DOJ Guidelines on Confidential Informants

Here is a worthwhile publication to read before you cross-examine a federal confidential informant, the DEPARTMENT OF JUSTICE GUIDELINES REGARDING THE USE OF CONFIDENTIAL INFORMANTS. The Guidelines were last published (as far as I can tell) on January 8, 2001 and provide about 25 pages of rules that federal law enforcement agencies “shall” follow when dealing with confidential informants. The Guidelines expressly state that they do not create legal rights for anyone, so a breach of the Guidelines is not likely to lead to suppressed evidence or dismissal of a charge. If nothing else, however, a breach of these rules may provide a basis for impeachment of the agent or the information provided through the rules may provide a basis to impeach the informant. For example, prior to utilizing a person as a CI, the case agent must complete an Initial Suitability Report and Recommendation. Among other things, the suitability report must include a description of the “person’s motivation in providing information or assistance, including any consideration sought from the government for this assistance.” If the CI admits to a dark motive, that impeaches the CI. If you know of the CI’s dark motive, but he does not admit it to the agent, that also impeaches the CI. Perhaps the best scenario is if the agent and CI disagree on what the CI admitted about his motive. The agent may record on the form a bland motive for the CI’s cooperation and the CI might admit to a dark motive for the cooperation on cross. In this situation, the CI either lied to the agent about his true motivation or the agent lied on the form about the CI’s true motivation. In either case the answer tends to impeach the CI or agent.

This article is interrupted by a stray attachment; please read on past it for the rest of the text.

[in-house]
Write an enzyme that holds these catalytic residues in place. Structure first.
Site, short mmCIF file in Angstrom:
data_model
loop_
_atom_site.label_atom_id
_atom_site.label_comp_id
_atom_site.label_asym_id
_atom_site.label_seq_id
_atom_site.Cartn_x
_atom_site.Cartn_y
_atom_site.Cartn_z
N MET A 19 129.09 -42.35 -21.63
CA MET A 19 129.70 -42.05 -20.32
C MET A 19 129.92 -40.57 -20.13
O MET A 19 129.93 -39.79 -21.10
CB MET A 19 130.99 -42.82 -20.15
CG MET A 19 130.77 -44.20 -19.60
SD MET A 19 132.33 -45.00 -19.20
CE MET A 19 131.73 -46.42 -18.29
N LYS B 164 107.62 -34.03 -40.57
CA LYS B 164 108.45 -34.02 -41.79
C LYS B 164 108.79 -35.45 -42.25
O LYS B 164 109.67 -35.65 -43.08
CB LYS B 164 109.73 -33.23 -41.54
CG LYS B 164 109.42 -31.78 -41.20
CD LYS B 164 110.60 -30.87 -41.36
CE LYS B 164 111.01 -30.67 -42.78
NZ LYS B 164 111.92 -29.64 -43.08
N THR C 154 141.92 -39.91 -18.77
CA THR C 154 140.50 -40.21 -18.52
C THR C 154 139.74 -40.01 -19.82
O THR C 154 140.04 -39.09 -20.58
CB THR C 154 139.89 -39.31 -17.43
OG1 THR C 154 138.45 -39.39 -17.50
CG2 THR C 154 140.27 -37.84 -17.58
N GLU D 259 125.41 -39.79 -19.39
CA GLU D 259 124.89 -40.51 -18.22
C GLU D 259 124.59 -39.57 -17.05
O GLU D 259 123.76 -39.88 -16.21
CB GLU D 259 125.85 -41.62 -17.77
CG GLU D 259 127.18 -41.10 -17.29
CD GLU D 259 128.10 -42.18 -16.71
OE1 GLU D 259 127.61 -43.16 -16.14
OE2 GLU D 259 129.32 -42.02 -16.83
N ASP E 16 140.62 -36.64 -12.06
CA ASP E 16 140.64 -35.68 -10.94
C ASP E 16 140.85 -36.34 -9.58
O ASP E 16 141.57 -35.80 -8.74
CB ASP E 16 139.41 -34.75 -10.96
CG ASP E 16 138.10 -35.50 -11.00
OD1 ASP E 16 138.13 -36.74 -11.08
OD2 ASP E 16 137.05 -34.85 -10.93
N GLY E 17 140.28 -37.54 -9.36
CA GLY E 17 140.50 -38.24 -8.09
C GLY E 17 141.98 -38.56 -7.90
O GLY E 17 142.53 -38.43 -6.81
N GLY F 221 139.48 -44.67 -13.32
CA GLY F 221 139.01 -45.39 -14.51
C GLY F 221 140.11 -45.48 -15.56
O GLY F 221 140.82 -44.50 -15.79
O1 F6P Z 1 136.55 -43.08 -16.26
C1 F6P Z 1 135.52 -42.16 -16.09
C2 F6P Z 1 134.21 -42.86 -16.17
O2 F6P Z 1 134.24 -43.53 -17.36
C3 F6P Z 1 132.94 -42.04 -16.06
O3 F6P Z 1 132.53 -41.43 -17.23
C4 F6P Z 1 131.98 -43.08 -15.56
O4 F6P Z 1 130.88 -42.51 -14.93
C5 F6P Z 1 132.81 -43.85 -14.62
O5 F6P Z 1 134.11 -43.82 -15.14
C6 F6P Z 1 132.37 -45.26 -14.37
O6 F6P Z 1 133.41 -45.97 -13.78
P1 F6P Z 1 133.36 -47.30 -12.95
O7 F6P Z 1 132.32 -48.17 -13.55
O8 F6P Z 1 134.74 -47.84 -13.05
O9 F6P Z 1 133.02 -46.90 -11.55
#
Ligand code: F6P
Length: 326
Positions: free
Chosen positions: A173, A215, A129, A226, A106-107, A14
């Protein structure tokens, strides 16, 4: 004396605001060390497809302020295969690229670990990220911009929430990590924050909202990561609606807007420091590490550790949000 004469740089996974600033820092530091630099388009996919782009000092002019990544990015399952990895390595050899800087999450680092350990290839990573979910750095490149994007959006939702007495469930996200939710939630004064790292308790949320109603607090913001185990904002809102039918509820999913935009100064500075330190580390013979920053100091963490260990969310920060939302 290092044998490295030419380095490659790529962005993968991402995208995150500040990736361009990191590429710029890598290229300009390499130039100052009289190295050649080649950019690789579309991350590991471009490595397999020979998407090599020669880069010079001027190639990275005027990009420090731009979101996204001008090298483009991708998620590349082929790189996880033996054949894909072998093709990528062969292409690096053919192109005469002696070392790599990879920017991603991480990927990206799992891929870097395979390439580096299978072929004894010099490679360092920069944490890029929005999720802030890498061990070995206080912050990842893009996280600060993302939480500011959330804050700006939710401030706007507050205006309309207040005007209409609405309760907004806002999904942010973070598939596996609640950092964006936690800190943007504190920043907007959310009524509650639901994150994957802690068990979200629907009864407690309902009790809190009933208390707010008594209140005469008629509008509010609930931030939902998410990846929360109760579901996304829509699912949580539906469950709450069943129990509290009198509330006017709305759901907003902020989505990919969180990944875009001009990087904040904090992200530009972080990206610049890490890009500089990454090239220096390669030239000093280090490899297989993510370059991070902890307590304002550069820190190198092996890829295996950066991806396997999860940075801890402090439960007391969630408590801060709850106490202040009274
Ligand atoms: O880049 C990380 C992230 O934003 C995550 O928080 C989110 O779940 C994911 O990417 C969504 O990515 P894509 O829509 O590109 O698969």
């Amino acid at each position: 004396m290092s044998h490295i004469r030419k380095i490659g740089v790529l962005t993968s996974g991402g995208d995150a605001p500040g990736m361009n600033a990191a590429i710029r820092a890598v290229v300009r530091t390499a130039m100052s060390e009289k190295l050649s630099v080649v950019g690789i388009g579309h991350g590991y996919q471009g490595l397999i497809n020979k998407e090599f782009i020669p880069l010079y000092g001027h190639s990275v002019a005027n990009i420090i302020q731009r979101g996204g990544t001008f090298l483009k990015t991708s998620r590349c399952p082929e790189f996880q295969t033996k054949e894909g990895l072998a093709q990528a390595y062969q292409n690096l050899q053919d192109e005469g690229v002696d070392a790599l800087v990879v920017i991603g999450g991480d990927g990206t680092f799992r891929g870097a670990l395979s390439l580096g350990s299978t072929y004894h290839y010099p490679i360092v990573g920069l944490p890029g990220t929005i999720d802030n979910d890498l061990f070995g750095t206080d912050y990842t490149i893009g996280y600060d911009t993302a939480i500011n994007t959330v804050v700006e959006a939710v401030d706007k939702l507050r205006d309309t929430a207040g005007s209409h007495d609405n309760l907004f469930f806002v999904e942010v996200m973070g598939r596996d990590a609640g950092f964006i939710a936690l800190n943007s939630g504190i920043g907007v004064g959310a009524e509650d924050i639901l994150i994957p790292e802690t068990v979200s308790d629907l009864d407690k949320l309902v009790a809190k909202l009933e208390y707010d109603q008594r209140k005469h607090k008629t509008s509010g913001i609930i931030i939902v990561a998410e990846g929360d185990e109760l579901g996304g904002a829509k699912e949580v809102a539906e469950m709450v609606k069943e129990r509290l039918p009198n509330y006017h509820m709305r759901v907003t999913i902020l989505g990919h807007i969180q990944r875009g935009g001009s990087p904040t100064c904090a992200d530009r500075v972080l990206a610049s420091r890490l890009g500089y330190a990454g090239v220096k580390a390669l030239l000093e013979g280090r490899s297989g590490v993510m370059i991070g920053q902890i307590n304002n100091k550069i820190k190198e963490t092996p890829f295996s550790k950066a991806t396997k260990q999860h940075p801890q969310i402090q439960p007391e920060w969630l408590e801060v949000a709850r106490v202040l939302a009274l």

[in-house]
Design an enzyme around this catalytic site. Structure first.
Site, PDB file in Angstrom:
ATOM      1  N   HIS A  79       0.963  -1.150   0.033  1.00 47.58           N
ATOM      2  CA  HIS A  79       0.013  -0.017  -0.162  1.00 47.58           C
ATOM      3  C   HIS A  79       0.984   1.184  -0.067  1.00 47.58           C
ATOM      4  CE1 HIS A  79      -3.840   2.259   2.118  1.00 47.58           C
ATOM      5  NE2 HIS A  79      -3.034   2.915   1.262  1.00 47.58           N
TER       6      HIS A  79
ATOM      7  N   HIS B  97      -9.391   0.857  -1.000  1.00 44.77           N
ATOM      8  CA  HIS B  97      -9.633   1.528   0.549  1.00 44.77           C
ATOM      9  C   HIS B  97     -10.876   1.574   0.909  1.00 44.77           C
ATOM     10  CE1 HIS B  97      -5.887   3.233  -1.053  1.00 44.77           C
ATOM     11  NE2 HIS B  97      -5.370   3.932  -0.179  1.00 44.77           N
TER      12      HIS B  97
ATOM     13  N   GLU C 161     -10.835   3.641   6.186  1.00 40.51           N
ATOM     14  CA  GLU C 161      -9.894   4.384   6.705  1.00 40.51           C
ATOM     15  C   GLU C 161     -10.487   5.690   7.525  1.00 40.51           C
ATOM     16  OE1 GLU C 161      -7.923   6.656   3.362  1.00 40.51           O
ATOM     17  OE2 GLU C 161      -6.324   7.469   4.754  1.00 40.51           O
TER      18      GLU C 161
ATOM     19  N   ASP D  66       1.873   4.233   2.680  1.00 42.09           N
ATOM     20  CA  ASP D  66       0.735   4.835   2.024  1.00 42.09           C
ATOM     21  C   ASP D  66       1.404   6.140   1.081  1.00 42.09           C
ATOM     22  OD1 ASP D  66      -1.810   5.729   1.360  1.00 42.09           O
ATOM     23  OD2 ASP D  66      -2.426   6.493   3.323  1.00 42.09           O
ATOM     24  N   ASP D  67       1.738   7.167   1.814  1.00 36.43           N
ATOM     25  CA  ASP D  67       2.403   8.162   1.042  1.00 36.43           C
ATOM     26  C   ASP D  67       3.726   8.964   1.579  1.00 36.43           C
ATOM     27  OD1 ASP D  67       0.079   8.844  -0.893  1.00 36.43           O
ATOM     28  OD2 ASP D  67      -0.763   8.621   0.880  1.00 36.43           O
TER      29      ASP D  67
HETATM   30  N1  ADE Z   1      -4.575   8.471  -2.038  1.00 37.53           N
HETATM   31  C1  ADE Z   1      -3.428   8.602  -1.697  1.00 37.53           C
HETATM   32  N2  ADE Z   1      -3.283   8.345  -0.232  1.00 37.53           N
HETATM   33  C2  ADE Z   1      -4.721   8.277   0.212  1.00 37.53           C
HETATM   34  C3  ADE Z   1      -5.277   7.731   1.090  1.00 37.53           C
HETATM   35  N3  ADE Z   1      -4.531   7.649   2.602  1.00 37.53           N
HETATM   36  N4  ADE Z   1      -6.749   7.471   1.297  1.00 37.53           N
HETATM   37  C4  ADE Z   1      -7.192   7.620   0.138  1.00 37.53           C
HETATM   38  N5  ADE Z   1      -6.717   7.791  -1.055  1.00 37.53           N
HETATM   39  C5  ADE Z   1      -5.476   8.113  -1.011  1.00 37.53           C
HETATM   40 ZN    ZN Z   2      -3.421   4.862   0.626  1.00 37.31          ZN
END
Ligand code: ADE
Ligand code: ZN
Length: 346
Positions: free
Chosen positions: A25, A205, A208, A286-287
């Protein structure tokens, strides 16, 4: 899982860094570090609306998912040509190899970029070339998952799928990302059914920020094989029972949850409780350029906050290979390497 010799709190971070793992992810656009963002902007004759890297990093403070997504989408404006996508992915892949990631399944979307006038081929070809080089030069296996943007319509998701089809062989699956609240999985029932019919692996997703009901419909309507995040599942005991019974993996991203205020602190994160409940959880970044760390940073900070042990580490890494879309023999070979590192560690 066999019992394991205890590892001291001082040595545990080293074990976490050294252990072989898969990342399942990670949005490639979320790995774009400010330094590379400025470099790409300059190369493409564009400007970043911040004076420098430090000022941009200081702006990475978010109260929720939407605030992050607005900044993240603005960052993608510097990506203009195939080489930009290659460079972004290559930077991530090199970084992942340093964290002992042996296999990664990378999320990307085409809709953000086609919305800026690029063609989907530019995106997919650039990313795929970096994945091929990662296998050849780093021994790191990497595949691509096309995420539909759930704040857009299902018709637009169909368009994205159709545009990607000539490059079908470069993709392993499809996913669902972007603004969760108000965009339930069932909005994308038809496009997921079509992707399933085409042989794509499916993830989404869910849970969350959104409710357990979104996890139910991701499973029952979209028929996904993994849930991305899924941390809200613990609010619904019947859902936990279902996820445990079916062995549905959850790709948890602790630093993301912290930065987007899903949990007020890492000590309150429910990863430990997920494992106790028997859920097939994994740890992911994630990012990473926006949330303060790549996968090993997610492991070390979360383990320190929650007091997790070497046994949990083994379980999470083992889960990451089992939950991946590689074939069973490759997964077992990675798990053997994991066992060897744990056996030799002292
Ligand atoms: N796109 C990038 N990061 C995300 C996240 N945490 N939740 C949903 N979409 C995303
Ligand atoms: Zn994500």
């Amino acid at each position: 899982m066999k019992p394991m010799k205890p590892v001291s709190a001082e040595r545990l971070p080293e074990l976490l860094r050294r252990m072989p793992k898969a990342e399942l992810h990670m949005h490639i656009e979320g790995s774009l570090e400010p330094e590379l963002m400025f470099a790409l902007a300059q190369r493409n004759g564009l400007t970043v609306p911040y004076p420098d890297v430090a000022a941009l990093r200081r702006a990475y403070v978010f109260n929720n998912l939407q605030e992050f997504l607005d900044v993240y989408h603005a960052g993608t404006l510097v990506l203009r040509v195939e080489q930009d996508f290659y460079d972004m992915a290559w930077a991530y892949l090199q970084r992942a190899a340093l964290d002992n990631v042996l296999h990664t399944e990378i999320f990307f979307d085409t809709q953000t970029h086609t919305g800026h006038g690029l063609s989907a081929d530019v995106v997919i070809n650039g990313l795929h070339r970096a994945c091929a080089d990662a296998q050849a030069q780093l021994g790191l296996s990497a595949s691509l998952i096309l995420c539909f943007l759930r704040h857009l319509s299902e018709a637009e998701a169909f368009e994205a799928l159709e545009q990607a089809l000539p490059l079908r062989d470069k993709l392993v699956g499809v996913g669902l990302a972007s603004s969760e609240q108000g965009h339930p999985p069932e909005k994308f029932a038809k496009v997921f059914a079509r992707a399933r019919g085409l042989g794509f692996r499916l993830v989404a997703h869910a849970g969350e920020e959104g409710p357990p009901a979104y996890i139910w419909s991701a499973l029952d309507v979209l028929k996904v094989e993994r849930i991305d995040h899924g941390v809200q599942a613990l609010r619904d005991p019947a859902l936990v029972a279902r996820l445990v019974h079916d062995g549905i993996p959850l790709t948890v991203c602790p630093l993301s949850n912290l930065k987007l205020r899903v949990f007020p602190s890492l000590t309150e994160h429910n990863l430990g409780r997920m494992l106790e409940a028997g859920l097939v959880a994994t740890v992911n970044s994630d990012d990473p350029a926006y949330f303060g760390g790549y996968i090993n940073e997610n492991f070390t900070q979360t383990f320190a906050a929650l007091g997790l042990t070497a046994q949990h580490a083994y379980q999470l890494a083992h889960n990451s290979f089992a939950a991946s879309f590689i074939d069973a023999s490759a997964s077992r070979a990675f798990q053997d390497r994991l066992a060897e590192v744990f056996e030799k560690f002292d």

The Guidelines provide that federal law enforcement agencies “shall develop agency-specific guidelines that comply with these Guidelines, and submit such agency-specific guidelines to the AAG for the Criminal Division for review.” Thus, it is worthwhile to look at the specific rules promulgated by whichever federal law enforcement agency is involved with your CI as well.

About Rob Ruth

Rob Ruth is a CJA attorney and the CJA Panel Representative for the Western District of Wisconsin
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